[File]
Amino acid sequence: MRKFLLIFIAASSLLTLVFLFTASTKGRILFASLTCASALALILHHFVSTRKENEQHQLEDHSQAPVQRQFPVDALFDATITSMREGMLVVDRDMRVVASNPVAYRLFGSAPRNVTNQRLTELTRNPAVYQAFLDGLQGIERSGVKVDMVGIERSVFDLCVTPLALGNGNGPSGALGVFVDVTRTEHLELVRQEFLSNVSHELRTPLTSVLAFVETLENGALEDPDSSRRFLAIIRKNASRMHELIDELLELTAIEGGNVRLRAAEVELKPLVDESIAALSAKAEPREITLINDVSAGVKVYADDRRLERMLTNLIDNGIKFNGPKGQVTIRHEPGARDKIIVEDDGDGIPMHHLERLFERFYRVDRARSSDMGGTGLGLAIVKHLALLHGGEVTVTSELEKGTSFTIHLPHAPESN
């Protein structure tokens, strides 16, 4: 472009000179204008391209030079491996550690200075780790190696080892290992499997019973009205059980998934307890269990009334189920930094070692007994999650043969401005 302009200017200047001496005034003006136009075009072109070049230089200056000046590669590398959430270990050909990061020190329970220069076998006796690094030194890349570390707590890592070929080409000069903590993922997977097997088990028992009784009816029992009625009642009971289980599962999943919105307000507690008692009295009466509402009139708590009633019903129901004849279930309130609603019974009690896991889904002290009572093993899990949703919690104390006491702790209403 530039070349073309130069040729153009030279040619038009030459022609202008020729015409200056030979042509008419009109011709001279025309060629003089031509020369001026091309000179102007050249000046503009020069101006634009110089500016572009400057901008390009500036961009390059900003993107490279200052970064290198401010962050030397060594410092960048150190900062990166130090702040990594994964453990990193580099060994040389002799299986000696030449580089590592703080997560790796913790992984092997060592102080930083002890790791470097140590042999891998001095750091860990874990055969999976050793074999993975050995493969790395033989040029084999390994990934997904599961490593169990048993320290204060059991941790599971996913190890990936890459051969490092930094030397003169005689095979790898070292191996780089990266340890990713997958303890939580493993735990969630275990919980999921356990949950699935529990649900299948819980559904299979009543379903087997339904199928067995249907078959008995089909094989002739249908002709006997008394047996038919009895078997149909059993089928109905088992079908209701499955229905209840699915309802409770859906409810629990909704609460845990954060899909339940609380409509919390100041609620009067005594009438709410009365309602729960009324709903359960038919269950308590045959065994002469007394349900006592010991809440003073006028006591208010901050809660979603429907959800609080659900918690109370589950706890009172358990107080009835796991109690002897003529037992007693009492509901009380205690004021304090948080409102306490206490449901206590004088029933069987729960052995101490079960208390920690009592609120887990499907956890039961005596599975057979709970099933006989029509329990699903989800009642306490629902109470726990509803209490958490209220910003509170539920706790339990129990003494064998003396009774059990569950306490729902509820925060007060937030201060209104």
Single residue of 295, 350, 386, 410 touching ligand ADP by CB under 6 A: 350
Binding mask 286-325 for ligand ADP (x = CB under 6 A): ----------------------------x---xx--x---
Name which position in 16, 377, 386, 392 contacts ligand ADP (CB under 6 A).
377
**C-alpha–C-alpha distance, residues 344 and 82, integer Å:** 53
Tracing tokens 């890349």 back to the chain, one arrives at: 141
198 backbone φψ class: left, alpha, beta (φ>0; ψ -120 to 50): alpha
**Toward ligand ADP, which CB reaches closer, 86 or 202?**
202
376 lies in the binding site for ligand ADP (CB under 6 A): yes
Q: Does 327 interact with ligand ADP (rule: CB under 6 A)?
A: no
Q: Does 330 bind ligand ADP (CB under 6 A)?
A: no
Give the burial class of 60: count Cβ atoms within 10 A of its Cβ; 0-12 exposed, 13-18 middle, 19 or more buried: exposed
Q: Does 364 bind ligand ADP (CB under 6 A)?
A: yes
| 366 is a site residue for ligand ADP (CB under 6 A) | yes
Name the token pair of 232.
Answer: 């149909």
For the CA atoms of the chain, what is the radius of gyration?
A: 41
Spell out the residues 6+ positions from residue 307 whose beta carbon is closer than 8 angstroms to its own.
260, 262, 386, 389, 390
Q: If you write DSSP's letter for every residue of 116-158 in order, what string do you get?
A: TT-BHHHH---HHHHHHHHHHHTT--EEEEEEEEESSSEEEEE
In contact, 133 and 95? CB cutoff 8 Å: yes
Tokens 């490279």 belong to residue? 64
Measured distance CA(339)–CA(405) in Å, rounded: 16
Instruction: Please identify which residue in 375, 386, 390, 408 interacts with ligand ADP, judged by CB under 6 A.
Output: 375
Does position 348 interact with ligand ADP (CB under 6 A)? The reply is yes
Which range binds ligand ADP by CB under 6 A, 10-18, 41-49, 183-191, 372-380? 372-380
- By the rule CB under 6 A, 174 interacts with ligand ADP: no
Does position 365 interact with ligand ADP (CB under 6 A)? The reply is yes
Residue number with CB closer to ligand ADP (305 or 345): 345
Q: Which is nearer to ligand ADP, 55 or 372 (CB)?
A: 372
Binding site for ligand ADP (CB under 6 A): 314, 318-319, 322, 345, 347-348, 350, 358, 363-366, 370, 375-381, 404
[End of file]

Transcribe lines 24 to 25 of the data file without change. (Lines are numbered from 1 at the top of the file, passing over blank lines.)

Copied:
A: 41
Spell out the residues 6+ positions from residue 307 whose beta carbon is closer than 8 angstroms to its own.